- The Washington Times - Friday, October 28, 2005

Excerpts of editorials from newspapers around the world:

Financial Times

Good choice at the Fed

LONDON — Ben Bernanke was high on the very short list of candidates with claim to be capable of stepping into the giant shoes of Alan Greenspan as chairman of the Federal Reserve. That President Bush chose to appoint him, rather than a little-known political crony, is cause for celebration.

But while Mr. Bernanke may in time grow into being a full replacement for Mr. Greenspan, he is not yet that person. No one could be, since so much of Mr. Greenspan’s authority comes from his 18 years of experience at the helm of the Fed.

Mr. Bernanke will have to demonstrate an exemplary degree of political independence and an ability to understand what signals financial markets send to the Fed.

The chairman of the Fed must have a first-rate mind, capable of commanding debates on which the fortunes of the world economy rest. Mr. Bernanke has that intellect. … Of all the candidates close enough to Mr. Bush to offer the president a low risk of embarrassment, Mr. Bernanke also has the best claim to be independent.

Corriere della Sera

Iraq’s constitution

MILAN, Italy — Following a lengthy count and recount of the votes, it is certain that Iraq’s constitution … has passed the test of the referendum.

However, considering the unresolved issues, the future remains uncertain in the Iraq of inexhaustible religious, ethnic and tribal rivalries.

The effort to involve Iraqi Sunnis in the process of building the state has partially succeeded with their involvement in the referendum.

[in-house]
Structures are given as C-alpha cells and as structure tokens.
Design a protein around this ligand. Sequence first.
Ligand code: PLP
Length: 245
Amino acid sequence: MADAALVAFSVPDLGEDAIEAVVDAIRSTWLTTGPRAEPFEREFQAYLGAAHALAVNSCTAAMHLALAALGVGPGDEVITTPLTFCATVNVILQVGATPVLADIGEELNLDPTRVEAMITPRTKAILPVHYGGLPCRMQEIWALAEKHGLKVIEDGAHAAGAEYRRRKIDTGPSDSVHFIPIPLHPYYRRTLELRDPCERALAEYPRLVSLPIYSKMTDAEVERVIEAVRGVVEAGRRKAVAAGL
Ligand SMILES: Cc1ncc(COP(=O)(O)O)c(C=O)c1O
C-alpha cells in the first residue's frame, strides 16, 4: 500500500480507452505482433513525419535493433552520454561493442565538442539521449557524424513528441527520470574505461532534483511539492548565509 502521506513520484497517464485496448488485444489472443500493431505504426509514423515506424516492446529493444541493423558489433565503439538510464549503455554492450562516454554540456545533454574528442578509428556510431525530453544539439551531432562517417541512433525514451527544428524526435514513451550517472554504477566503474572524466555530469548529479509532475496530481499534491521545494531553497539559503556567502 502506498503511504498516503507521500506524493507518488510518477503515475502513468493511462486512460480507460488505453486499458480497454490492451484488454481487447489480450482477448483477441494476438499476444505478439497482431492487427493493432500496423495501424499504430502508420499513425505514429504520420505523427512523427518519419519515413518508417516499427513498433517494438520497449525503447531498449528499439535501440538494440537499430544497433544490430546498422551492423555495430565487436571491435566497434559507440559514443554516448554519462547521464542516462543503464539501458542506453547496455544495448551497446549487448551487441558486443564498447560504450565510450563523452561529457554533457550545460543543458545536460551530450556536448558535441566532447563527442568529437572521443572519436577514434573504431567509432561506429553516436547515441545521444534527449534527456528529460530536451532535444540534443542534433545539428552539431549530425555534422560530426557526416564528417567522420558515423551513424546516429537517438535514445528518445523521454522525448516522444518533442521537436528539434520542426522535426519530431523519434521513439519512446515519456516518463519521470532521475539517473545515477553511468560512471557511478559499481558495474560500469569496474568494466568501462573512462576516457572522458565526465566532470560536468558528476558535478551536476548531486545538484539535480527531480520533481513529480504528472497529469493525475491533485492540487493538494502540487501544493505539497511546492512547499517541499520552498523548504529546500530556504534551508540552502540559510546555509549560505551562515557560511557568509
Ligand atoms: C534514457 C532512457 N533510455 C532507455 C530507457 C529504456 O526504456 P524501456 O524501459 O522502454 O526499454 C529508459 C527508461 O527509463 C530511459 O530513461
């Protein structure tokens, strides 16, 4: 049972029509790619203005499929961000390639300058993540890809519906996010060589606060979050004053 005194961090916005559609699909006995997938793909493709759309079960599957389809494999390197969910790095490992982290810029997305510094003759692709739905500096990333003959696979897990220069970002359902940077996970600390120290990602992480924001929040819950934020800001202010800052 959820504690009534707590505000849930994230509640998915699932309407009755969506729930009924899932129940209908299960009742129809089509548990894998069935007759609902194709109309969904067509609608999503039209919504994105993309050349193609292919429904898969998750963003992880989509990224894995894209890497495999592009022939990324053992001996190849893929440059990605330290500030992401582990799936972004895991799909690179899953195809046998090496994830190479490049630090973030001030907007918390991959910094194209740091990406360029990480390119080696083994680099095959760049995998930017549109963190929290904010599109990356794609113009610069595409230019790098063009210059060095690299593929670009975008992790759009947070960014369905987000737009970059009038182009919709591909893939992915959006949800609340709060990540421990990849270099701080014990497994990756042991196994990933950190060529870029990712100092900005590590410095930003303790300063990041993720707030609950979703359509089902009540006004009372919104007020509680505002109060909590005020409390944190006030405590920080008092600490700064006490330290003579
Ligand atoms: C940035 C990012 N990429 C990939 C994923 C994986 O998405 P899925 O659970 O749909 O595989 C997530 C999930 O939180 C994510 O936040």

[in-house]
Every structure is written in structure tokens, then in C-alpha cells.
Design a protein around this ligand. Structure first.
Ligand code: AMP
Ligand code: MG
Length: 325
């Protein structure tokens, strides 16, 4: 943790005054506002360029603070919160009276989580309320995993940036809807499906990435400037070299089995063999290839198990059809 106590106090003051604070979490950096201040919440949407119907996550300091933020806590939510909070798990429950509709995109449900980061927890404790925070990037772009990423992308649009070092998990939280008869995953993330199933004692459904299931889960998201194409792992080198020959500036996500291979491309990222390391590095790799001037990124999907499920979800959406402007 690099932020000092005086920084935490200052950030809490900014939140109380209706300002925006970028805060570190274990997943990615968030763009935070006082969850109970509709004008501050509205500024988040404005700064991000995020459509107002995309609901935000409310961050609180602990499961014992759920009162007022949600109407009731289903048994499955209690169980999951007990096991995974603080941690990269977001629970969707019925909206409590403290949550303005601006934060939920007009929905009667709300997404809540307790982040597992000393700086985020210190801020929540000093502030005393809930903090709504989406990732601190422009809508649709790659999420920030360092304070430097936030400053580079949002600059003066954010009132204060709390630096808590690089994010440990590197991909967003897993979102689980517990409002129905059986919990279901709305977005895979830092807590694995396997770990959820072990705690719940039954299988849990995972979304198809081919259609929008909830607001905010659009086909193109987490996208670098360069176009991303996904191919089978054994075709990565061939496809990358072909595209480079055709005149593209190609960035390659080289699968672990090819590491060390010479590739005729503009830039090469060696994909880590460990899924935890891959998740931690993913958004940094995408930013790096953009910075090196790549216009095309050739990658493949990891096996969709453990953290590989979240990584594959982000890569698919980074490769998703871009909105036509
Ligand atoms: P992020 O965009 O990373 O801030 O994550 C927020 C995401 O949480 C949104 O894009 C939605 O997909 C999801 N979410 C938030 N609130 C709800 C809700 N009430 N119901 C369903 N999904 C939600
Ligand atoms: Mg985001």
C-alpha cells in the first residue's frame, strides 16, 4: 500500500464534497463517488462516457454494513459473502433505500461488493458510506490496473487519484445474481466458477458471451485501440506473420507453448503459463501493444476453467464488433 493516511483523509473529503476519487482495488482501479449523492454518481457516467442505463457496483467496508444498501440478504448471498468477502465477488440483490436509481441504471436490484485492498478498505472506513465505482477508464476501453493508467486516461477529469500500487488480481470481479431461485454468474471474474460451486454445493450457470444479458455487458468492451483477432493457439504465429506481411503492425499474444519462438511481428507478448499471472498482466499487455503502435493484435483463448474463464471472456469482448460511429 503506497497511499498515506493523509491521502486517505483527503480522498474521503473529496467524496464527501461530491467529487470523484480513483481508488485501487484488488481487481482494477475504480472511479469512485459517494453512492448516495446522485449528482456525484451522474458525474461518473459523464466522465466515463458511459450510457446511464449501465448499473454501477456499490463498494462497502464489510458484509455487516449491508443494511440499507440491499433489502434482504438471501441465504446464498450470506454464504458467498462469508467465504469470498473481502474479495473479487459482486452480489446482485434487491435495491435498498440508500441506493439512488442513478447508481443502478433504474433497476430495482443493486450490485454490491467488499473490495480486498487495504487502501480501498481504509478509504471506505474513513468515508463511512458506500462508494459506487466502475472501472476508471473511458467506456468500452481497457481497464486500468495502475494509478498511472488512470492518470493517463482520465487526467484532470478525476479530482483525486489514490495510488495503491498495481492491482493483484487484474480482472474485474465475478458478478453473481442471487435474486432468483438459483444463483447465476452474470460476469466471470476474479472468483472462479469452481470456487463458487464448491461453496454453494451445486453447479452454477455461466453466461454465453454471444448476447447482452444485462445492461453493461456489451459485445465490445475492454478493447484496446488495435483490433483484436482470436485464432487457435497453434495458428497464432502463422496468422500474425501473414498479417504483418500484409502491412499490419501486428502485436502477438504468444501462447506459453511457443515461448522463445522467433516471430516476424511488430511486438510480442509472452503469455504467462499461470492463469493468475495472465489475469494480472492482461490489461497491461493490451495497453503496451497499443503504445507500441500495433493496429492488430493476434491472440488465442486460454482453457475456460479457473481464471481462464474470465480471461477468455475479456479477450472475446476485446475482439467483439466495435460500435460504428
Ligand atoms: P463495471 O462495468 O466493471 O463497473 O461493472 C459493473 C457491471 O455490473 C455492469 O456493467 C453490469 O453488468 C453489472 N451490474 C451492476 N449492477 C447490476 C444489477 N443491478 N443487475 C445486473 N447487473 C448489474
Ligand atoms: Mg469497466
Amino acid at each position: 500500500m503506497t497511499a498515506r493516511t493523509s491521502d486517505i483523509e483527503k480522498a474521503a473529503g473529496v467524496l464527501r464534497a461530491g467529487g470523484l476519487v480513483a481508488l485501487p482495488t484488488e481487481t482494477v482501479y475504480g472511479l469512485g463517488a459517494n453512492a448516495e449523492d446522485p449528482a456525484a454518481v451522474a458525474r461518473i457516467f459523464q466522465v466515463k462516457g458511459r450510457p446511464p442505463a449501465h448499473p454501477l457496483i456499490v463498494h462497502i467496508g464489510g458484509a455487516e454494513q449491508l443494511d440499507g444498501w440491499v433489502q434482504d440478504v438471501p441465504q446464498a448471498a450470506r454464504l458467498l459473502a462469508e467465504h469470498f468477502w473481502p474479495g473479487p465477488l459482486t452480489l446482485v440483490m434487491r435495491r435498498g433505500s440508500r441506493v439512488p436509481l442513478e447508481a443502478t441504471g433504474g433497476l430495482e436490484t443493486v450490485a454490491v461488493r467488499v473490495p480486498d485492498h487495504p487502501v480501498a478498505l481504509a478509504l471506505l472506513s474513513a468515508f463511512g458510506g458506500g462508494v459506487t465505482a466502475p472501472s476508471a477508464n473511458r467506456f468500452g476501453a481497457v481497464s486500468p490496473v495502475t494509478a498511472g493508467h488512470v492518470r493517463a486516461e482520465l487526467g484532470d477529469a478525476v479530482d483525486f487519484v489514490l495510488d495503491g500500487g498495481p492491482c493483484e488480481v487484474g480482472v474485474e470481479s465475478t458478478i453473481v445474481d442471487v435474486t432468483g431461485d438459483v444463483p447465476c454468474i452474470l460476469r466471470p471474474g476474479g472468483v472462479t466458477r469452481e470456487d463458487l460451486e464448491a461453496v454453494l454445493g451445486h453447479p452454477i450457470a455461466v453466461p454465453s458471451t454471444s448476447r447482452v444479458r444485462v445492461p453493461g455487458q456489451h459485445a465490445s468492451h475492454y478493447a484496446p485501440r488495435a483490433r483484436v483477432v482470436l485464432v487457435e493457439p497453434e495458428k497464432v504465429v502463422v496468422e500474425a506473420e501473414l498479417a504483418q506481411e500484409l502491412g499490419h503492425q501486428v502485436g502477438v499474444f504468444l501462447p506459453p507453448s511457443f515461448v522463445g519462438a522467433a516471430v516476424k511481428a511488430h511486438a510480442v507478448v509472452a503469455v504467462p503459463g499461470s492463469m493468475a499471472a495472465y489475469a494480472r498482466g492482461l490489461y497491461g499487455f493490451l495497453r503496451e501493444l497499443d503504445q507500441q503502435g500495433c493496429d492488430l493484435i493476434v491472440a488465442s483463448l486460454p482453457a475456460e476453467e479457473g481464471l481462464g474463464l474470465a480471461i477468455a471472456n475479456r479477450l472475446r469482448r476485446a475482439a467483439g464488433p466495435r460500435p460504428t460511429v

But this is only a delay of the most important controversies, like those on Shi’ite and Kurdish federalism against the traditional centralism of Baghdad, or those on the distribution of oil revenues.

It is unlikely that these and other issues will be resolved without lengthy and tough negotiations. And if all attempts to reach a more or less durable compromise should fail by 2006, the guerrilla warfare of the last years will inevitably deteriorate into open civil war.

Toronto Star

An influenza pandemic

As health officials ask themselves how equipped they are to handle an influenza pandemic, they might take the radical step of actually asking the public what they think.

While it might seem like the logistical aspects of managing a flu pandemic are best left to the experts, seemingly simple decisions in such a crisis often hide thorny ethical questions that only the general public can really answer.

Who should get antivirals and vaccines first? Who shouldn’t get them? Who should be treated? Who left to die?

In case you’re wondering, the experts already have the answers to these questions.

Currently, most pandemic planners are using the “maximization of benefit” criteria when divvying up scarce resources in an imaginary pandemic.

So the ventilated hospital bed will, by default, go to the otherwise healthy 25-year-old rather than the 65-year-old with emphysema.

Sounds reasonable enough. At first. But what about the fact that the 65-year-old is in greater need? Or what if the 25-year-old is a convicted felon and the 65-year-old a master violinist? …

Crisis planners and officials warn that in the event of a pandemic, there will be a need to ration the limited stockpiles of antivirals. Vaccine maker Roche is already withholding the supply of Tamiflu.

Who should get the antivirals is an interesting ethical question, but it assumes there needs to be a scarcity of antivirals.

If the federal government simply disregarded Roche’s patent and commissioned a generics manufacturer to meet demand it would solve one ethical question, but pose others. With anthrax in 2001, the government made arrangements to break the patent on Cipro.

But this time, it seems a decision has already been made. And it appears the government would rather decide who should or shouldn’t receive the antivirals than whether to break a patent.



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